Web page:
The first time I went to the beach with the girls from my new school, I woke up excited and nervous. It was great to be invited, but I was a disaster of whiteness. But I had a plan. I would rise at dawn, sunbathe and use my new bottle of QT. Quick Tan. This was the answer to my prayers. A tan could come out of a bottle. I would never have to worry again. The air was still cool when I set out my towel at 8:00 am, but those were sunbeams, so something could happen. I was covering my bases. I spread the QT with an emphasis on my legs, stretched out on my towel and waited, until it slowly became clear that the shade I was going to take to the beach was partially-eaten Creamsicle: my regular vanilla, with streaks of sherbet-y orange. Scrubbing didn't help.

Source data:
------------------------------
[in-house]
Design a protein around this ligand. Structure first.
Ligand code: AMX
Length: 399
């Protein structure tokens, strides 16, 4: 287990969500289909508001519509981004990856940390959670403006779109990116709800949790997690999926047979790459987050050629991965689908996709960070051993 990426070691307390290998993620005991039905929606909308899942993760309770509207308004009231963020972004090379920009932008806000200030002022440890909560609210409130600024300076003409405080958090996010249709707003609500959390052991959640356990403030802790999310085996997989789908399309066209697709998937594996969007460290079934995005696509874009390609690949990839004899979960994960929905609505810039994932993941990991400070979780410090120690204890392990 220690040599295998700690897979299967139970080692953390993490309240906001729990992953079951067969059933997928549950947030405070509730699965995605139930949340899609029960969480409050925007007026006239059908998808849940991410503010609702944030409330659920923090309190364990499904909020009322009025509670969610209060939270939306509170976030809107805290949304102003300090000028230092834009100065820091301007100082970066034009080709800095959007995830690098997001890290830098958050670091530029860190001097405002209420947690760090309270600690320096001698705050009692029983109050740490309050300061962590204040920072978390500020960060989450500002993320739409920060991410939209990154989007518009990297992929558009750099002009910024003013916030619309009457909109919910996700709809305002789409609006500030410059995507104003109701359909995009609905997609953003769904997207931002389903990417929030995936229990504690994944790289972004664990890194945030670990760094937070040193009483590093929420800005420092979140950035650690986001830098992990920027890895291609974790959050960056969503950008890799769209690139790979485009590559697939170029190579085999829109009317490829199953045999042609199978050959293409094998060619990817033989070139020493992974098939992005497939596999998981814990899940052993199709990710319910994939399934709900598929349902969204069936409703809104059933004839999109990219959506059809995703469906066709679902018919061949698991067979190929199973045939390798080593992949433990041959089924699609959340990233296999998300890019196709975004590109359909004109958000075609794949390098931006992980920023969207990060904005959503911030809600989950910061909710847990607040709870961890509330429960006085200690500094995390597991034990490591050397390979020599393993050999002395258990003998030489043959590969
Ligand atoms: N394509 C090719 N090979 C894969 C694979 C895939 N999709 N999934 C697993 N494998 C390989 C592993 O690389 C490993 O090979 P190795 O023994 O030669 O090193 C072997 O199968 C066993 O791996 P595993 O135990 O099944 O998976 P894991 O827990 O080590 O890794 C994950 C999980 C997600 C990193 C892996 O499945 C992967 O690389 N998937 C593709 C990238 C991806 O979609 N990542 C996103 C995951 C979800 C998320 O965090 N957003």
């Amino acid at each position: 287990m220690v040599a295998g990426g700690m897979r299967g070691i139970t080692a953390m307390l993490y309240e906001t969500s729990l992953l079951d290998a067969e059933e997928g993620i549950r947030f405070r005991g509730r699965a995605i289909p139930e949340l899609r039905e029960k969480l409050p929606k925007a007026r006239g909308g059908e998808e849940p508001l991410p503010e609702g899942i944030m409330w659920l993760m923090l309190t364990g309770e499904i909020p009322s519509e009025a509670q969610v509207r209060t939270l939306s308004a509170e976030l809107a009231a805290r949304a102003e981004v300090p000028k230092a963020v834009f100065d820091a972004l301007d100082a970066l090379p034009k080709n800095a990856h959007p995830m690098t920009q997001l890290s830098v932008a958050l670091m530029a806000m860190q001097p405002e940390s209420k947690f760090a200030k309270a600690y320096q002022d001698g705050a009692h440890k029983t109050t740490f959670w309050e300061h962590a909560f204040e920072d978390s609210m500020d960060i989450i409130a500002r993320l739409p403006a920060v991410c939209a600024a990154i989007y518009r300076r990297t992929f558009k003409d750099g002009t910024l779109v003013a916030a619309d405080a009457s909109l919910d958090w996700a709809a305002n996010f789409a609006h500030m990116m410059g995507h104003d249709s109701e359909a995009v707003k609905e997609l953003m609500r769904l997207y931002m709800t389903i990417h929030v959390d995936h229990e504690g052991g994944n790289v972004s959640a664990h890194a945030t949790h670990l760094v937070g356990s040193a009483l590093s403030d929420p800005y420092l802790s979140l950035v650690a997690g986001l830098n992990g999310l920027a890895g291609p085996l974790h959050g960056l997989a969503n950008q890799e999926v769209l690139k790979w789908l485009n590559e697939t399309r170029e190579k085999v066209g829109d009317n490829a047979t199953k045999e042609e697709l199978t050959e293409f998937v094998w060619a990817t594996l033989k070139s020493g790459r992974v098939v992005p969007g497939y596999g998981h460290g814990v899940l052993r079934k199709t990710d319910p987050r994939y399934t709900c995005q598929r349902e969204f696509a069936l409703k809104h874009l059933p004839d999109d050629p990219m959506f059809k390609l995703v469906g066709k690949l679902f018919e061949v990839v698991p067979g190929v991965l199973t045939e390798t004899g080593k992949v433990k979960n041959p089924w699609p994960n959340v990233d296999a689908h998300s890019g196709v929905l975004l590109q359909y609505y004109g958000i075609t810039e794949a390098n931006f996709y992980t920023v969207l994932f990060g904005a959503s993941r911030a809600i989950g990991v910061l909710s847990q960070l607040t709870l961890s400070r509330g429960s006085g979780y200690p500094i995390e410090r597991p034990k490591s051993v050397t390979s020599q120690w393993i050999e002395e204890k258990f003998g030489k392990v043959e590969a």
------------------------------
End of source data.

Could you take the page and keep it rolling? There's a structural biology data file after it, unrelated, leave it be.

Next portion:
Nobody said anything at the beach, and it got cloudy pretty soon so we didn't stay long anyway, so I guess I got lucky.

My bathing suit that year was a one-piece in skinny royal blue and white diagonal stripes that aimed down in a V-shape. What promise the early mornings held was whittled away by the feeling of lying next to the other girls, whose bodies looked perfect. I wasn't fat, but I was so pale, and I had stretch marks from developing too fast. Nobody else had those. I stole glances down at my body while we all lay in a row, and tried to find the parts that looked nice.

When I was a little girl in New York, my problem was my shoulder blades. My best friend, Allison, had blonde hair and golden skin, and her shoulder blades jutted out in a cool way in her halter tops. My shoulder blades didn't do that. I used to try to stick them out, but that was uncomfortable/unsustainable and I never knew if it was working. At thirteen, non-jutting shoulder blades seemed like a dream dilemma, now that my pale skin was such a problem, and these marks.